rosemary & garlic focaccia.

I didn’t even like country music growing up.

I grew up near the ocean in southern California, where country music fans were few and far between among the crowds of Sublime-loving surfer dudes.

Then I went to college in upstate New York. Again, a whole lotta erudite, Girl Talk-loving neon-clad hipsters but no country music fans to be found in sight.

Then I moved to Chicago and got engaged to a sweet, buttoned-up boy from Wisconsin who likes golf, Ben Folds Five and golden retrievers and exhibited not one symptom of a country music obsession.

We got married in July.

Then, literally the DAY after we got married (I’m not even kidding), he starts BLASTING country music from the car like it’s the coolest thing since sliced bread.

Whaaaat?!?!?!?!?! Who is this man I just married???

Oh but gosh darn it, I have to admit, it’s kind of GROWING ON ME!

I mean, those lyrics about fried chicken and the stars and stripes and a pair of jeans that fit just right (hello, Zac Brown Band) — they just kind of…speak to me?

You know?

I hope you all enjoy your Memorial Day weekend.

I know I will, because I’ll be devouring this delicious rosemary and garlic focaccia bread and singing along to ballads about sickin’ em on a chicken and bringin’ out the butta and flour and gettin’ ready to fry, or something like that.

Rosemary & Garlic Focaccia
Adapted from my parmesan & onion focaccia
Makes 1 large oval focaccia
Time: 2.5 hours

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  • 1 tablespoon active dry yeast
  • 1 tsp. + 2 tsp. sugar
  • ½ cup + another 1 cup warm water (about 105 to 115 degrees)
  • ¼ cup olive oil + another ¼ cup olive oil, plus extra for greasing
  • 1 ½ teaspoons salt
  • 1 cup flour + another 3 cups flour, plus extra as needed (I used unbleached bread flour, but all-purpose flour works as well)
  • ½ cup finely chopped onion (yellow or red)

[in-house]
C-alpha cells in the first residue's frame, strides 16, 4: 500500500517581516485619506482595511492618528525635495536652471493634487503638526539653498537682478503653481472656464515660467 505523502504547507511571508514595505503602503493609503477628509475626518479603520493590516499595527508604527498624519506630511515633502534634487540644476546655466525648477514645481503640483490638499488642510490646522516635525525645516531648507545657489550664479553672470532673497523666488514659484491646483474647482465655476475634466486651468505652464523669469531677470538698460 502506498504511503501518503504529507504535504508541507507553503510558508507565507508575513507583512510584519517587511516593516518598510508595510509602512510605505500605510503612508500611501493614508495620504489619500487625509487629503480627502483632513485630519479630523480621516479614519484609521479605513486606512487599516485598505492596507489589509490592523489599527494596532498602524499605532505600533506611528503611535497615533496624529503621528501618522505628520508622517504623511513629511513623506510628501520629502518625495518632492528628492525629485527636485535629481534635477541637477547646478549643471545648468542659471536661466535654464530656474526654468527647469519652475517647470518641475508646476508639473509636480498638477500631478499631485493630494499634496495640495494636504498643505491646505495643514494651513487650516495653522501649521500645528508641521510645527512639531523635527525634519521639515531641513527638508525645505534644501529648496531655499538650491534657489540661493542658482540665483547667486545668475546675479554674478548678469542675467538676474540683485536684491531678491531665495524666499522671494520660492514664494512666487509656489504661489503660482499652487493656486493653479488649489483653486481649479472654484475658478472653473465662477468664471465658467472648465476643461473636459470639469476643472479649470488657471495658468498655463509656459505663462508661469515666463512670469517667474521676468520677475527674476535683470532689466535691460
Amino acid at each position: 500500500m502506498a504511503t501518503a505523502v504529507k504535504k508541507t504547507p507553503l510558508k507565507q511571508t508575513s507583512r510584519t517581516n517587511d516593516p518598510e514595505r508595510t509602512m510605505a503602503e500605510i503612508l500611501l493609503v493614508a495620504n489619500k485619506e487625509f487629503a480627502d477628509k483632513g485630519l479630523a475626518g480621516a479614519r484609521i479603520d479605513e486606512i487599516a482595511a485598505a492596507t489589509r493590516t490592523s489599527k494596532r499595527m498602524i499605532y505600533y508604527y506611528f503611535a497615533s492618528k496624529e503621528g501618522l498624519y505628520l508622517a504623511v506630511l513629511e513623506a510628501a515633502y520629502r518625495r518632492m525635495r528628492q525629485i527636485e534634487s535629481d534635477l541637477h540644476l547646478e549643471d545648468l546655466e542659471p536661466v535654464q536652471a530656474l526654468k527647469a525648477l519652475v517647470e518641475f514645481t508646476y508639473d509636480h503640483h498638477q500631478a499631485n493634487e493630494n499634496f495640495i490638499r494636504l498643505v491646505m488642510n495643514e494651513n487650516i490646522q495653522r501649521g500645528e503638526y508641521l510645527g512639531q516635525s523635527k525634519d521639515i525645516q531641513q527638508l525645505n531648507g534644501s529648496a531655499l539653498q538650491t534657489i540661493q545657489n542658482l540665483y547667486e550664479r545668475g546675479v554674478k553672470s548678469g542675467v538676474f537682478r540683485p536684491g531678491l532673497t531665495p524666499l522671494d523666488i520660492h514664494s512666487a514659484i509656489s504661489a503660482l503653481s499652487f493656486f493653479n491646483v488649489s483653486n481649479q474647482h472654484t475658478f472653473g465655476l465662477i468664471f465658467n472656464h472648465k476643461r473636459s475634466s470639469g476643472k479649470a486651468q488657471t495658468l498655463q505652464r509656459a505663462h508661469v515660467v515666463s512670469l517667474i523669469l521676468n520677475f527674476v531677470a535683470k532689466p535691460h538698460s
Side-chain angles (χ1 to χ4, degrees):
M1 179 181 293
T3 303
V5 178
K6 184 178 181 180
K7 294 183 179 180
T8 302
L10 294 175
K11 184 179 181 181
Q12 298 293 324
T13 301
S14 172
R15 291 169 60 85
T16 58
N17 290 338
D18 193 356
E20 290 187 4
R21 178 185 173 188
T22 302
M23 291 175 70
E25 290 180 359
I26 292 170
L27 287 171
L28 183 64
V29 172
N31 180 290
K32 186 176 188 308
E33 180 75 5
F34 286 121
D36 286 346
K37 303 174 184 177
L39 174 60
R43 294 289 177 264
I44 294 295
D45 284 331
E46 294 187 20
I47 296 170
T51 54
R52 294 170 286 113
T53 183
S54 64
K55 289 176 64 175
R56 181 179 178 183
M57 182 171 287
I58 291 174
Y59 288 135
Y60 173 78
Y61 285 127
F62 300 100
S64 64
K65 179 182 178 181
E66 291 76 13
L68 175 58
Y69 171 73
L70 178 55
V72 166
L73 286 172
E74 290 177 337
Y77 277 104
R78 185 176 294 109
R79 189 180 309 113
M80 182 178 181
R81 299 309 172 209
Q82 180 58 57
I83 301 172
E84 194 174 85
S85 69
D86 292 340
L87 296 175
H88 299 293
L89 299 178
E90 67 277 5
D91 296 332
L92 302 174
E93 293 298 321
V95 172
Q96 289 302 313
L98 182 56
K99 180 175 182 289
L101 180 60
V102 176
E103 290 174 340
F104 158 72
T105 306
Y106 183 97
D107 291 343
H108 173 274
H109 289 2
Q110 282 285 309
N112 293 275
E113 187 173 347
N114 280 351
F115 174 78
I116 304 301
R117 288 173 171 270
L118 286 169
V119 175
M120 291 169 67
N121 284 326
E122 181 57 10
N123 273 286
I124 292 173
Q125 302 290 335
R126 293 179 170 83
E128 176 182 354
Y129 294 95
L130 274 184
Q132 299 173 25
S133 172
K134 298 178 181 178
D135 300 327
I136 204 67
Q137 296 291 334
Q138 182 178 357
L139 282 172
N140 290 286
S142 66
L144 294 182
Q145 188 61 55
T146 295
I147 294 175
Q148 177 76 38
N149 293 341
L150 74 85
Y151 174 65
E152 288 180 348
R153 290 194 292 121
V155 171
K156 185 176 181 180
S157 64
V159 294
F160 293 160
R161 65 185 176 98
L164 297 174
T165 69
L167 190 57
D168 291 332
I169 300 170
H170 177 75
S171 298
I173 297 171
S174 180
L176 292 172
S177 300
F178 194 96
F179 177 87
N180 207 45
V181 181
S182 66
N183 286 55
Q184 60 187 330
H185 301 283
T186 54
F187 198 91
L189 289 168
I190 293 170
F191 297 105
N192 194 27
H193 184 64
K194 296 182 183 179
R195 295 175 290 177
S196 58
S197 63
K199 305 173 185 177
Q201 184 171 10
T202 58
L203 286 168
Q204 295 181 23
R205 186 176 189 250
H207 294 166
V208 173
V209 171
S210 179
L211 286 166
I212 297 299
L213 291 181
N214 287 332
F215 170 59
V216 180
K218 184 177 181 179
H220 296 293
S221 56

• 3 large garlic cloves, minced
  • Course sea salt for sprinkling
  • 2 tablespoons finely chopped fresh or dried rosemary
  • For serving: good-quality balsamic vinegar and olive oil


  • Stand mixer with a paddle and dough hook attachment
  • Parchment paper
  • Plastic wrap
  • Heavy-rimmed baking sheet
  • Pastry brush
  • Baking stone (If available)


In a stand mixer fitted with the paddle attachment, sprinkle the yeast and a teaspoon of the sugar over ½ cup of the warm water and stir to dissolve. Let stand at room temperature until foamy, about 6-7 minutes.

Add the remaining water, sugar, ¼ cup of the olive oil, salt, and 1 cup of the flour. Beat on medium-low speed for 2 minutes. Stir in the chopped onion and garlic.

Switch to the dough hook. On low speed, beat in the remaining flour, ½ cup at a time, until a soft, shaggy dough forms that starts to pull away from the sides of the bowl. Knead on low speed, adding flour 1 tablespoon at a time if the dough sticks, until moist, soft, and slightly sticky, about 4 minutes. Place dough in a bowl greased with a tiny bit of olive oil and cover loosely with plastic wrap.  Let rest for 20 minutes.

Line a heavy-rimmed baking sheet with parchment paper and brush the paper lightly with oil. Turn the dough out onto the prepared sheet. With oiled fingers, press and flatten the dough into an oval 1-inch thick. Cover loosely with oiled plastic wrap and let rise at room temperature until doubled in bulk, about 1 hour. It will be at least 2 inches thick.

With your fingertips, make deep indentations 1 inch apart all over the surface of the dough, almost to the bottom of the pan. Brush with the remaining ¼ cup olive oil. Cover loosely with plastic and let rise at room temperature for 30 minutes.

Meanwhile, preheat oven to 425˚F. Place a baking stone on the bottom oven rack. If you don’t have a stone, just proceed with the recipe as directed.

Sprinkle the bread all over with sea salt, then about 2 tablespoons of chopped rosemary.

Place the pan on top of the stone (or directly on the lower oven rack if you’re not using a stone) and bake until the bread is lightly browned, 20 to 22 minutes (this may take longer if you’re not using a stone), or until a thermometer inserted into the loaf registers about 210 degrees. Check the bottom and bake a few extra minutes if it is pale.

Serve warm or at room temperature cut into squares, long rectangles, or wedges with good-quality balsamic vinegar and olive oil, or slice in half width-wise and use as sandwich bread.

peaches & cake

2 responses to “rosemary & garlic focaccia.


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